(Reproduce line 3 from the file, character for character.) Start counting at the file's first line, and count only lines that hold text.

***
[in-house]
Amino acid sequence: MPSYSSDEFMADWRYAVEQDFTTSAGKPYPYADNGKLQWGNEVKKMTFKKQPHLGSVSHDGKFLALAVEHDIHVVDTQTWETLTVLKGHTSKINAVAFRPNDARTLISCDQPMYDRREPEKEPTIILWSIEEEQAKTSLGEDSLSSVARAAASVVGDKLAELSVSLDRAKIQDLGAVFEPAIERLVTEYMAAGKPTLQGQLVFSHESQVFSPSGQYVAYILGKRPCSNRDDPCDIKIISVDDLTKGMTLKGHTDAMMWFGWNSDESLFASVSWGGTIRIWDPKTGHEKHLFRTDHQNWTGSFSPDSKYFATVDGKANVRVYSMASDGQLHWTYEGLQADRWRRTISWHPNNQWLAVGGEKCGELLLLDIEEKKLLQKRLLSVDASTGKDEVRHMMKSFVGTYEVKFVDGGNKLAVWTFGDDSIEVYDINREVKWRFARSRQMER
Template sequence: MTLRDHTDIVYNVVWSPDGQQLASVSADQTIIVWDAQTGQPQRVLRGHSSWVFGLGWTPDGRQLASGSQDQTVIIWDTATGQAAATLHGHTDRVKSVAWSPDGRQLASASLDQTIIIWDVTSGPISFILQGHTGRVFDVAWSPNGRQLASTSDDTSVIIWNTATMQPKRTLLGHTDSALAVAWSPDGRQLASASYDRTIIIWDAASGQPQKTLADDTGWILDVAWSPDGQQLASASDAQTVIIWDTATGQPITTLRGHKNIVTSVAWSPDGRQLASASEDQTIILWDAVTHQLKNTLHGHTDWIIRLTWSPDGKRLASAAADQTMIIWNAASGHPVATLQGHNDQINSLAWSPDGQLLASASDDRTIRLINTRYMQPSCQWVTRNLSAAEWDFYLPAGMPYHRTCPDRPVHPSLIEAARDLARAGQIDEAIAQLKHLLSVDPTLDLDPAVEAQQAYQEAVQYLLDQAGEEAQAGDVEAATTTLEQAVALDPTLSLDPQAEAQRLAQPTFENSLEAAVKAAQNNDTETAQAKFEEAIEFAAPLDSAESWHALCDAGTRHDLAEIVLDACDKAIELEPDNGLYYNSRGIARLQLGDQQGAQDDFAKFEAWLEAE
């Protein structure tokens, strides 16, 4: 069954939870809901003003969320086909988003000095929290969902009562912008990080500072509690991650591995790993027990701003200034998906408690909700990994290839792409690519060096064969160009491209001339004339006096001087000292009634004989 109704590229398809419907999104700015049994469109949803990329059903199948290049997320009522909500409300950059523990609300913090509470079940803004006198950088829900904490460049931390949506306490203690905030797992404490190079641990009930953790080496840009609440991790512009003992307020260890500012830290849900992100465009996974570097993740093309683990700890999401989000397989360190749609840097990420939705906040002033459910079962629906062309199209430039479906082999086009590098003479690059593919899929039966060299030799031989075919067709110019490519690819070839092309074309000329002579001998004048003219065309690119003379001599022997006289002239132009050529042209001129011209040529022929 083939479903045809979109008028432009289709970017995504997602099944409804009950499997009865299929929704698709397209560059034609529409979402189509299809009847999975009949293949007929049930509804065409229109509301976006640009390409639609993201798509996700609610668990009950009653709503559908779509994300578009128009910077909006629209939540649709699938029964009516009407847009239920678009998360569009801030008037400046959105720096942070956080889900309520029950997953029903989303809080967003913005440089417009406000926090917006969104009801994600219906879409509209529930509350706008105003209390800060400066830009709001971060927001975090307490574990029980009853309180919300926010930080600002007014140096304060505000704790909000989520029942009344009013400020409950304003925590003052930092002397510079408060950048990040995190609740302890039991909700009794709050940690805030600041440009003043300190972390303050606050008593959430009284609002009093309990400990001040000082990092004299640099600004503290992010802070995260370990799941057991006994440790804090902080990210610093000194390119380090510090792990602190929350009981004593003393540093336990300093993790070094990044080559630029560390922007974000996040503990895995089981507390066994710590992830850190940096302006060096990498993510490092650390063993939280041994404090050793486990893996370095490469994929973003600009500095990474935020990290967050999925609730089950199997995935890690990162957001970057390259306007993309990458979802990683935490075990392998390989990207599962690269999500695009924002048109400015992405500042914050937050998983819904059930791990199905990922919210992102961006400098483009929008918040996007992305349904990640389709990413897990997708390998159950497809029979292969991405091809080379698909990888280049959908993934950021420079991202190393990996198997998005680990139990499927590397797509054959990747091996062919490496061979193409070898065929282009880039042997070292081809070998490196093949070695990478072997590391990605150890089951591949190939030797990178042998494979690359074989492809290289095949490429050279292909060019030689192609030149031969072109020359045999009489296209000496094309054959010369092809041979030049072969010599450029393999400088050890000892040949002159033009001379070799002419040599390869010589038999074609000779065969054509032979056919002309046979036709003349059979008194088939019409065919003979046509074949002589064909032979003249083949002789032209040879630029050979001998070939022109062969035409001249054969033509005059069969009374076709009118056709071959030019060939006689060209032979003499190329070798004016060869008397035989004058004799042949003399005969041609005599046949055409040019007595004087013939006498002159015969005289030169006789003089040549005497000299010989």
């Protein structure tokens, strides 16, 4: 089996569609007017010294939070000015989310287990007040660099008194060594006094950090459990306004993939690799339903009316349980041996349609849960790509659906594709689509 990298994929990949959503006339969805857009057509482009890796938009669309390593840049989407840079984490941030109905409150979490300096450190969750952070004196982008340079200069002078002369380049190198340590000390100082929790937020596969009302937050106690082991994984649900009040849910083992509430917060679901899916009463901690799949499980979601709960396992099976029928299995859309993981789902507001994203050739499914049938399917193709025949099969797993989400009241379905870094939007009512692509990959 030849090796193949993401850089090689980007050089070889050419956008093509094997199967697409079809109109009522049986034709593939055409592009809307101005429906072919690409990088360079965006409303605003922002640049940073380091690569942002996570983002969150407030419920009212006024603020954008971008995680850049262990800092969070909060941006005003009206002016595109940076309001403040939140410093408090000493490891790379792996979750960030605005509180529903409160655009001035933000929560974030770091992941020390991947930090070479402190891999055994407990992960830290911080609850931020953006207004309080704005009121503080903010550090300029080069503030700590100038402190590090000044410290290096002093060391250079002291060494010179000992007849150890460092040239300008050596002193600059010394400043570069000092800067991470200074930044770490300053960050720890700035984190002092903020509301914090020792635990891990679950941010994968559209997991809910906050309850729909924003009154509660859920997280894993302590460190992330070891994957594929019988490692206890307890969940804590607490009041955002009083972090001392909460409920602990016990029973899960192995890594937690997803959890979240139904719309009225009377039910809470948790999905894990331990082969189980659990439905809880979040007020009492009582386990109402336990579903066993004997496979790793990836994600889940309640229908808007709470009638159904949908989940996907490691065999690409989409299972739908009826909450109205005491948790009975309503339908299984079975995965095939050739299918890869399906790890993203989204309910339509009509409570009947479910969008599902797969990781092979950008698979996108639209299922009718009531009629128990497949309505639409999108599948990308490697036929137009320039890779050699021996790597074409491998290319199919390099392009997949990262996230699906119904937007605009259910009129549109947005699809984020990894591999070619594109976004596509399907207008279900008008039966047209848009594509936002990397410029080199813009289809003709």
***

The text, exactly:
Template sequence: MTLRDHTDIVYNVVWSPDGQQLASVSADQTIIVWDAQTGQPQRVLRGHSSWVFGLGWTPDGRQLASGSQDQTVIIWDTATGQAAATLHGHTDRVKSVAWSPDGRQLASASLDQTIIIWDVTSGPISFILQGHTGRVFDVAWSPNGRQLASTSDDTSVIIWNTATMQPKRTLLGHTDSALAVAWSPDGRQLASASYDRTIIIWDAASGQPQKTLADDTGWILDVAWSPDGQQLASASDAQTVIIWDTATGQPITTLRGHKNIVTSVAWSPDGRQLASASEDQTIILWDAVTHQLKNTLHGHTDWIIRLTWSPDGKRLASAAADQTMIIWNAASGHPVATLQGHNDQINSLAWSPDGQLLASASDDRTIRLINTRYMQPSCQWVTRNLSAAEWDFYLPAGMPYHRTCPDRPVHPSLIEAARDLARAGQIDEAIAQLKHLLSVDPTLDLDPAVEAQQAYQEAVQYLLDQAGEEAQAGDVEAATTTLEQAVALDPTLSLDPQAEAQRLAQPTFENSLEAAVKAAQNNDTETAQAKFEEAIEFAAPLDSAESWHALCDAGTRHDLAEIVLDACDKAIELEPDNGLYYNSRGIARLQLGDQQGAQDDFAKFEAWLEAE